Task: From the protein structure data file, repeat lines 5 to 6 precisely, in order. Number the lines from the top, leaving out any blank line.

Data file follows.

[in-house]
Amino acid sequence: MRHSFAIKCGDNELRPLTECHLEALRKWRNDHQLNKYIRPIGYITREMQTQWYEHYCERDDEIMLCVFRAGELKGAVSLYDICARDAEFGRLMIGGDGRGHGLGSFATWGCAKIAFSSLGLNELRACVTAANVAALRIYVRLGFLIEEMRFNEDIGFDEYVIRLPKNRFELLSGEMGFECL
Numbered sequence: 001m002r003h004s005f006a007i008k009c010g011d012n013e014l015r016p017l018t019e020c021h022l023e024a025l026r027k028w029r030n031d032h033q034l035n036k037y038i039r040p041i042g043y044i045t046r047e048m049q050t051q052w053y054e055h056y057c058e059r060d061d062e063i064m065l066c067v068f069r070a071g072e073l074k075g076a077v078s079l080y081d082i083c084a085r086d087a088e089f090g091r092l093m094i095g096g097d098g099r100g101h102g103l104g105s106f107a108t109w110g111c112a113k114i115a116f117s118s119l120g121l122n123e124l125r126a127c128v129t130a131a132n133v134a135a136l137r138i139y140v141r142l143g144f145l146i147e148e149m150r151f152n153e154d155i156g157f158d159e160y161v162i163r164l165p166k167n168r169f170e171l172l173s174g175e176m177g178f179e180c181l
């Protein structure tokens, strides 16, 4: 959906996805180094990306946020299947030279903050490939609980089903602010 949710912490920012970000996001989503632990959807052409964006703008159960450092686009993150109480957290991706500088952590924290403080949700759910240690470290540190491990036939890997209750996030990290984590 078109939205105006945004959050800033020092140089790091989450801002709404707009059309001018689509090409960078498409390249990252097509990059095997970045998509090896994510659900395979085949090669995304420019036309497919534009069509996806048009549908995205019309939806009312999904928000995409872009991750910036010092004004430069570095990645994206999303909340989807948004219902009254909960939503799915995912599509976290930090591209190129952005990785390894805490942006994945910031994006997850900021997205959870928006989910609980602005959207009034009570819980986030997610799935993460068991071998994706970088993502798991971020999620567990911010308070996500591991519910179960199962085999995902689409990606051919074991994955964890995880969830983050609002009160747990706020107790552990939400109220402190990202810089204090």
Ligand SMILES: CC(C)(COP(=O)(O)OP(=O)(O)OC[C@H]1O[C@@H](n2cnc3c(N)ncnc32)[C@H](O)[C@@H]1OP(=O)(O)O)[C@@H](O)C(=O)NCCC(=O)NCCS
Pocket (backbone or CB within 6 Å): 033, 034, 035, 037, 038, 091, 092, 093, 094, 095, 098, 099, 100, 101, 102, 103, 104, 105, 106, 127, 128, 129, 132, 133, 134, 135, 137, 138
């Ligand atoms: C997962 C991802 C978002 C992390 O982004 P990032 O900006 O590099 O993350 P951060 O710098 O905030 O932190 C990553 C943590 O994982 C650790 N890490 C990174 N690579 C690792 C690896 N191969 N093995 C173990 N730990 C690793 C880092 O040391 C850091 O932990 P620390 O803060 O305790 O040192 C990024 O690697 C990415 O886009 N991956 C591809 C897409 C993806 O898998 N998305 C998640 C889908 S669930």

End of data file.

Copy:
Ligand SMILES: CC(C)(COP(=O)(O)OP(=O)(O)OC[C@H]1O[C@@H](n2cnc3c(N)ncnc32)[C@H](O)[C@@H]1OP(=O)(O)O)[C@@H](O)C(=O)NCCC(=O)NCCS
Pocket (backbone or CB within 6 Å): 033, 034, 035, 037, 038, 091, 092, 093, 094, 095, 098, 099, 100, 101, 102, 103, 104, 105, 106, 127, 128, 129, 132, 133, 134, 135, 137, 138